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First published in 1985, "Being Pakeha" was a strong reply to Maori who were asserting their own identity and to Pakeha who thought they didn't have an identity of their own. "Being Pakeha Now" was updated in 1999 and is reprinted with a foreword by Kerry Howe.
A reprint of Michael King's seminal book on what it means to be a non-Maori New Zealander. First published in 1985, Being Pakeha became a kiwi classic, a strong reply both to Maori who were asserting their own identity and also to Pakeha who were mumbling that they didn't have a strong culture or identity of their own. Being Pakeha Now was updated in 1999 and is being reprinted again with a foreword by Kerry Howe, Professor of History at Massey University and author of The Quest for Origins. Because of Michael's untimely death, this book is the closest we'll have to memoir by this major New Zealand historian and biographer. In Being Pakeha Now Michael King carries the cultural debate forward. While recognising and respecting the place of Maori in New Zealand, he argues that Pakeha too belong inescapably to this country and have no other home. Part memoir, part apologia and part celebration of a country and its peoples, Being Pakeha Now is an exciting and controversial book that travels into the hinterland of the national psyche.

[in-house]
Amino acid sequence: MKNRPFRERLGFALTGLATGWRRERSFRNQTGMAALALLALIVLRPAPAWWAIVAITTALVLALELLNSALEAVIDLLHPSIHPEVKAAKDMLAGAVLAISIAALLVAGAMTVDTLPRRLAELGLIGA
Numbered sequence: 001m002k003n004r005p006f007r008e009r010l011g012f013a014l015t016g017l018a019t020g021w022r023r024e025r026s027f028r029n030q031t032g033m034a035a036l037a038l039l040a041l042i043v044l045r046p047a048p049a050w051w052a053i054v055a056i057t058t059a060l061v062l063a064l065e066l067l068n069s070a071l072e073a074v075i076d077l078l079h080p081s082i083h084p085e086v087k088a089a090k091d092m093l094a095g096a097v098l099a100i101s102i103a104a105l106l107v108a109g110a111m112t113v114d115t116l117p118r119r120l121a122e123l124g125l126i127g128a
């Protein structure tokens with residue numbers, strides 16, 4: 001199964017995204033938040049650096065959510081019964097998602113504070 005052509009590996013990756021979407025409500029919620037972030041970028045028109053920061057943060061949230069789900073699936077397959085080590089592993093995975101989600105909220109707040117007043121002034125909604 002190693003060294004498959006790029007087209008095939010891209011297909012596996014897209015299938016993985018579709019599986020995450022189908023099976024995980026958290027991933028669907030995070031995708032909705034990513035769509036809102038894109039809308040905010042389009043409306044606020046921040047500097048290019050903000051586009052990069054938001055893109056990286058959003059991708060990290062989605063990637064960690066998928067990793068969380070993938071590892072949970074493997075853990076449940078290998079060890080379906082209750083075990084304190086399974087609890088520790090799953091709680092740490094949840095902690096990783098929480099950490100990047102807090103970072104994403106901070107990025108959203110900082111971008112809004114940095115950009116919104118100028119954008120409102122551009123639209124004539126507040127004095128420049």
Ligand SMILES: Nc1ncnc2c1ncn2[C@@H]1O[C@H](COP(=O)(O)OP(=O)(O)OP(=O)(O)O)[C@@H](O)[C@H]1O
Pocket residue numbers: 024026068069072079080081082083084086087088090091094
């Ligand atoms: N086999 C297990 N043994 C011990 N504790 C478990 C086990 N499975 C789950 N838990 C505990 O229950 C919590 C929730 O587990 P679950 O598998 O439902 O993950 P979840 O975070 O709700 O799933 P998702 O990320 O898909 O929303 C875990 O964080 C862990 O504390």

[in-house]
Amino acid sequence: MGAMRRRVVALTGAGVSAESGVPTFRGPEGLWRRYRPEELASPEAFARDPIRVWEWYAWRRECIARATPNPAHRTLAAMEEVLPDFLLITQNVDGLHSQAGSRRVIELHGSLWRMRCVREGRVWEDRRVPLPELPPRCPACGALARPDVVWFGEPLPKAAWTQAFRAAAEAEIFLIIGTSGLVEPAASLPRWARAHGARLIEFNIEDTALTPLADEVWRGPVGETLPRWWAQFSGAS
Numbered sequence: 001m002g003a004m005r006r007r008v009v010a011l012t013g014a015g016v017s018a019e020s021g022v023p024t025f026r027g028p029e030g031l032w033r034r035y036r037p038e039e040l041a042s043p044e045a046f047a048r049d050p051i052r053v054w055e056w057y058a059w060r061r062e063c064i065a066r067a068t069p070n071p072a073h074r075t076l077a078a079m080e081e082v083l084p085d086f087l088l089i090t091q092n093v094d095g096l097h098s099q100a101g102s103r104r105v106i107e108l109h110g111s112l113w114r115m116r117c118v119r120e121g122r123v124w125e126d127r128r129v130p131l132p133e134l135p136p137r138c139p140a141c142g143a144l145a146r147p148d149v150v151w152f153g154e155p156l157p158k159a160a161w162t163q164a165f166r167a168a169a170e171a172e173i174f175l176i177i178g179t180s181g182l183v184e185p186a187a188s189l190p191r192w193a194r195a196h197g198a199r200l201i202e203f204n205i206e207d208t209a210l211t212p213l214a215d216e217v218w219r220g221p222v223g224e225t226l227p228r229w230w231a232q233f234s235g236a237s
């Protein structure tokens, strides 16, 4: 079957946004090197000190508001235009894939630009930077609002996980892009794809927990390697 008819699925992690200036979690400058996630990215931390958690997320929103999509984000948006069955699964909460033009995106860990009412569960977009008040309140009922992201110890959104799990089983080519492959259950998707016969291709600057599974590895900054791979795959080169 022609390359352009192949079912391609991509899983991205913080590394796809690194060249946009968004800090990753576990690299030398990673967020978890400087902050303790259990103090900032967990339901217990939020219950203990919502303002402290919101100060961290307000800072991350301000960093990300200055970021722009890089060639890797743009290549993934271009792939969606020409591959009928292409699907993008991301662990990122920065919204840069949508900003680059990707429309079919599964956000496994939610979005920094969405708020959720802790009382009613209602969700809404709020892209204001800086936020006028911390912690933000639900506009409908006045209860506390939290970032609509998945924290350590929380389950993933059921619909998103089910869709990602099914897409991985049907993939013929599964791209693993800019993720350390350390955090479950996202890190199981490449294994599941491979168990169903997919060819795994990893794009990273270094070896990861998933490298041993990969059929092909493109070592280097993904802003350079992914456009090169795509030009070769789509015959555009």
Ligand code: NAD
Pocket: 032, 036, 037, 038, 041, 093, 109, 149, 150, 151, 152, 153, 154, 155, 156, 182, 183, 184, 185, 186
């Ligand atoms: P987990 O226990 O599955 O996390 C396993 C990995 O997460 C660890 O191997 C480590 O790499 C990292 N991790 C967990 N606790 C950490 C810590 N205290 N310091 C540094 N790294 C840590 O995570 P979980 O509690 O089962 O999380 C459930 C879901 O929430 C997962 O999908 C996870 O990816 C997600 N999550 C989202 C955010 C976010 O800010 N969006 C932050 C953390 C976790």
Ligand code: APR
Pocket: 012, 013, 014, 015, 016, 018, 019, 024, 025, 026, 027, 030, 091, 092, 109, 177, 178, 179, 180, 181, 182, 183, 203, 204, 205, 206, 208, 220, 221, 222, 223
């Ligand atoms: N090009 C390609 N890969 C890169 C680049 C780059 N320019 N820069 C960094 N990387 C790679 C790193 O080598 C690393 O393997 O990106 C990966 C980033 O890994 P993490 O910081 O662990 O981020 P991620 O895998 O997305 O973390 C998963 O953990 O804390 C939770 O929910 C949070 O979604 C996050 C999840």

The late Michael King was one of New Zealand's leading historians. Over three decades he wrote or edited more than 30 books, most of them New Zealand history or biography. He won a wide range of awards for this work, including the New Zealand Book Award for Non-fiction, the Wattie Book of the Year (twice), the Montana Medal for Non-fiction and, in 2003, an inaugural Prime Minister's Award for Literary Achievement.
He was a contributor to the prestigious Oxford History of New Zealand and wrote for all five volumes of The Dictionary of New Zealand Biography.
Dr King taught or held fellowships at seven universities in New Zealand and other countries, including Georgetown University in Washington DC, where he was Visiting Professor of New Zealand Studies. He was tragically killed in a car accident in 2004.
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